top of page

Local adventurer, Anne Millen launches new book

By Alistair Gray 

Anne Millen, a recently retired, well-known Bribie Island physiotherapist, has just launched her second book, Tripping over the Ocean. This time, a fiction extravaganza follows the adventures of Aria Stihl in what was supposed to be a simple delivery voyage between Auckland and Suva when events change all that. When you read it, hold on tight because you are in for a treat. 

Anne is no stranger to writing and storytelling, having written her first book More Than a Thousand Dawns in 2014. A non-fiction book, it’s a memoir where she tells the story of her five-year circumnavigation of the world in a yacht, with her then-husband Robert and two young children. While living in the Middle East, she spent 10 years editing Gazelle, the Dubai Natural History Group newsletter, wrote for Cruising Helmsman and Arabian Wildlife magazines and wrote regularly for the Gulf News tabloid. In her first book, Anne acknowledges the influence of her father, who was a great storyteller, having grown up with Aboriginal people who would sit and tell stories with them, embellishing freely to much laughter.  

“Telling a yarn is a much-valued skill,” she said. “We all aspire to it, so I cannot help it. I tell anecdotes.”  

Born in Australia, Anne was educated and grew up here before heading to New Zealand and marrying a Kiwi. Her husband worked as a Ministry of Works engineer, building the Maui pipeline, which meant they moved north as the pipeline was built, creating many opportunities for sailing. 

Robert’s love of sailing saw them have a boat built in Whangarei. However, the shipbuilder went out of business thanks to Muldoon's luxury tax so they finished the boat themselves. As a result, they ended up sailing around the world with a temporary head, temporary engine controls and temporary floors. The yacht was called ‘Rehuata’, meaning morning mist. It was Robert’s dream to sail around the world. Anne said she couldn’t even swim, but eventually, they ended up back at the Opua.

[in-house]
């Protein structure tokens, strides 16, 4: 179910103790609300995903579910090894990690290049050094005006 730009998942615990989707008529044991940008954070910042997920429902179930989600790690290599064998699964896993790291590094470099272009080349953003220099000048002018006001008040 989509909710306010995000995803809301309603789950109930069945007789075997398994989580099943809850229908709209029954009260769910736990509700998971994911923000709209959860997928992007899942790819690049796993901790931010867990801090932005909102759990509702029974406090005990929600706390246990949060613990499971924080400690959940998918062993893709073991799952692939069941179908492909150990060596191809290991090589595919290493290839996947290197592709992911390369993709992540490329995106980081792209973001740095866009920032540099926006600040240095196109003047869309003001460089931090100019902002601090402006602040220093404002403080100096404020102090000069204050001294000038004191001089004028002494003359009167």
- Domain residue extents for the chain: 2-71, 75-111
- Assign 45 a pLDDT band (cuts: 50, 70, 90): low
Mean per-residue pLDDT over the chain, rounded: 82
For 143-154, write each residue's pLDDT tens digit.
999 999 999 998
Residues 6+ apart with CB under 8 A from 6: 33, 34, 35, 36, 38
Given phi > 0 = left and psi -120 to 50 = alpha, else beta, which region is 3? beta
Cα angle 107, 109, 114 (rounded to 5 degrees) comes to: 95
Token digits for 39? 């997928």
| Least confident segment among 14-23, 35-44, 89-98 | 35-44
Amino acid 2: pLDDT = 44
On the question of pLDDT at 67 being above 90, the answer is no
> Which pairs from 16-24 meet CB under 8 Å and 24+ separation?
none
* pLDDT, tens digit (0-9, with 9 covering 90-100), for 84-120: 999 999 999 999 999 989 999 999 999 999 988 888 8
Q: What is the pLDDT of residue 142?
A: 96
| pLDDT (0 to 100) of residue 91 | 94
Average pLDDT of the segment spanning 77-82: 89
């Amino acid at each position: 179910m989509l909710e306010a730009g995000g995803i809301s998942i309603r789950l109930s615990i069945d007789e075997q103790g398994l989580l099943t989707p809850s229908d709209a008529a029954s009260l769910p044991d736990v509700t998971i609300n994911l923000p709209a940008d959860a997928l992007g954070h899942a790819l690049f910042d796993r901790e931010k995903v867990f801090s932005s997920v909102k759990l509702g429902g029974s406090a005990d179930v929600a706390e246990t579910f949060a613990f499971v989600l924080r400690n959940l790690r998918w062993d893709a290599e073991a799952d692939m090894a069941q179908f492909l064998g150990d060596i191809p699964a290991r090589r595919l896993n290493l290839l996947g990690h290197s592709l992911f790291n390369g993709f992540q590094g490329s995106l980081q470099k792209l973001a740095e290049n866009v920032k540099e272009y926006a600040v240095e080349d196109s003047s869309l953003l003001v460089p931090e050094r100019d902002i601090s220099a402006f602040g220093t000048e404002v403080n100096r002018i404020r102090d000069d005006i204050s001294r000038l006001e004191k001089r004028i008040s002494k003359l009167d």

“I absolutely loved the experience, every single moment of it,” Anne said.  

Other than the circumnavigation, most of her sailing was done in New Zealand. On their first ocean crossing from Auckland to Suva, they experienced a tropical revolving storm, called that because it was outside the summer cyclone season. 

“Bob was a very intuitive sailor who could feel the sea,” Anne said. “I was never really afraid. I was sometimes afraid that things would get worse, but I was never afraid of what was happening at the time because we did what was appropriate and didn't take any risks. So, what magic? Oh my goodness.” 

The kids adapted quickly to life on board Rehuata, doing their schooling via the New Zealand correspondence school which was excellent, requiring very little input from their parents. As time passed, Anne and Robert were concerned they may be impacting the kid's education, enrolling them in school in England for a year, only to find the kids were a year ahead with their schooling.  

“So much for screwing up their education,” Anne said.  

Their experiences of visiting different countries and cultures were instead enhancing their education.  

Besides being an author, Anne strongly advocates for ‘Clean Oceans’, removing plastic waste and pollution from our seas. She is an active supporter of recycling and cutting unnecessary waste. 

I took the opportunity to ask Anne why she wrote this book. 

“Well, I just wrote it for the joy of writing about sailing because I love writing about sailing. I feel like I am out there in my heaven. There is nothing like it, just such a feeling of freedom,” she said.  

Then Anne went on to recount a funny story.  

“I was pitching Tripping Over the Ocean to a New Zealand librarian and she surprised me by asking, why did you write and what was your motivation for writing? I was completely taken aback and stunned by the question. I didn't hear her clearly. And so, I gave a frivolous answer. I said ‘oh, it's my protest against the modern novel. It has no sex or swearing in it’. The librarian replied ‘oh, it is a children’s novel’.” 

In her quiet way, Anne Millen has a delicious sense of humour and a way of bringing her stories alive. I am loving reading some of her work. If you are looking for a good holiday read, check out Tripping over the Ocean and More Than a Thousand Dawns, readily available on

Recent Posts

See All

Donnybrook Social Darts

Results for Donnybrook Sports and Community Club Social Darts, held every Thursday night at 7pm sharp. Visitors welcome. Potluck Doubles March Winners Qwynton/Beau, Collin/Russell, Josh/Qwynton, Sonia


bottom of page